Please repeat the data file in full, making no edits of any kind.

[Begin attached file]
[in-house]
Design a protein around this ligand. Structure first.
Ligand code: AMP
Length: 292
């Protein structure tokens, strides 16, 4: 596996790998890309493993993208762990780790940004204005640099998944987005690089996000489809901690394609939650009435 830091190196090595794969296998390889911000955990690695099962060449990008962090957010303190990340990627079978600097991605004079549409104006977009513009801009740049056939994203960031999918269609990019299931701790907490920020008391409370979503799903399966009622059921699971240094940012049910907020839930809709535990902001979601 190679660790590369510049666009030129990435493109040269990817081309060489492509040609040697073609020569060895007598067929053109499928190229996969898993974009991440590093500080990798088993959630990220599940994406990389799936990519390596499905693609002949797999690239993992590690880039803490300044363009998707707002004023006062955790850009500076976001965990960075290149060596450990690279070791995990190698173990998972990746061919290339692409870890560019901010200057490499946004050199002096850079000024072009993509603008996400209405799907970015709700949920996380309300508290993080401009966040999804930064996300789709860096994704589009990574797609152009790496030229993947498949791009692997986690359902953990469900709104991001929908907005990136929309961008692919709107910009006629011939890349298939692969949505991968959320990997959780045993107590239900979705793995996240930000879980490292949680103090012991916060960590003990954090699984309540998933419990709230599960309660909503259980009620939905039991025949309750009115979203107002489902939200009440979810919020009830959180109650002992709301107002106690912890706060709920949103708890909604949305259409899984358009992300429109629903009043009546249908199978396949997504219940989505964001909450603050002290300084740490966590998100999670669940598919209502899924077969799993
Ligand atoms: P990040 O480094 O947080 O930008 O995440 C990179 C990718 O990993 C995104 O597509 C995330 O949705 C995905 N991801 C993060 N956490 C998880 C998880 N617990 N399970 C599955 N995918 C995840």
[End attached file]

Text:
[in-house]
Design a protein around this ligand. Structure first.
Ligand code: AMP
Length: 292
């Protein structure tokens, strides 16, 4: 596996790998890309493993993208762990780790940004204005640099998944987005690089996000489809901690394609939650009435 830091190196090595794969296998390889911000955990690695099962060449990008962090957010303190990340990627079978600097991605004079549409104006977009513009801009740049056939994203960031999918269609990019299931701790907490920020008391409370979503799903399966009622059921699971240094940012049910907020839930809709535990902001979601 190679660790590369510049666009030129990435493109040269990817081309060489492509040609040697073609020569060895007598067929053109499928190229996969898993974009991440590093500080990798088993959630990220599940994406990389799936990519390596499905693609002949797999690239993992590690880039803490300044363009998707707002004023006062955790850009500076976001965990960075290149060596450990690279070791995990190698173990998972990746061919290339692409870890560019901010200057490499946004050199002096850079000024072009993509603008996400209405799907970015709700949920996380309300508290993080401009966040999804930064996300789709860096994704589009990574797609152009790496030229993947498949791009692997986690359902953990469900709104991001929908907005990136929309961008692919709107910009006629011939890349298939692969949505991968959320990997959780045993107590239900979705793995996240930000879980490292949680103090012991916060960590003990954090699984309540998933419990709230599960309660909503259980009620939905039991025949309750009115979203107002489902939200009440979810919020009830959180109650002992709301107002106690912890706060709920949103708890909604949305259409899984358009992300429109629903009043009546249908199978396949997504219940989505964001909450603050002290300084740490966590998100999670669940598919209502899924077969799993
Ligand atoms: P990040 O480094 O947080 O930008 O995440 C990179 C990718 O990993 C995104 O597509 C995330 O949705 C995905 N991801 C993060 N956490 C998880 C998880 N617990 N399970 C599955 N995918 C995840």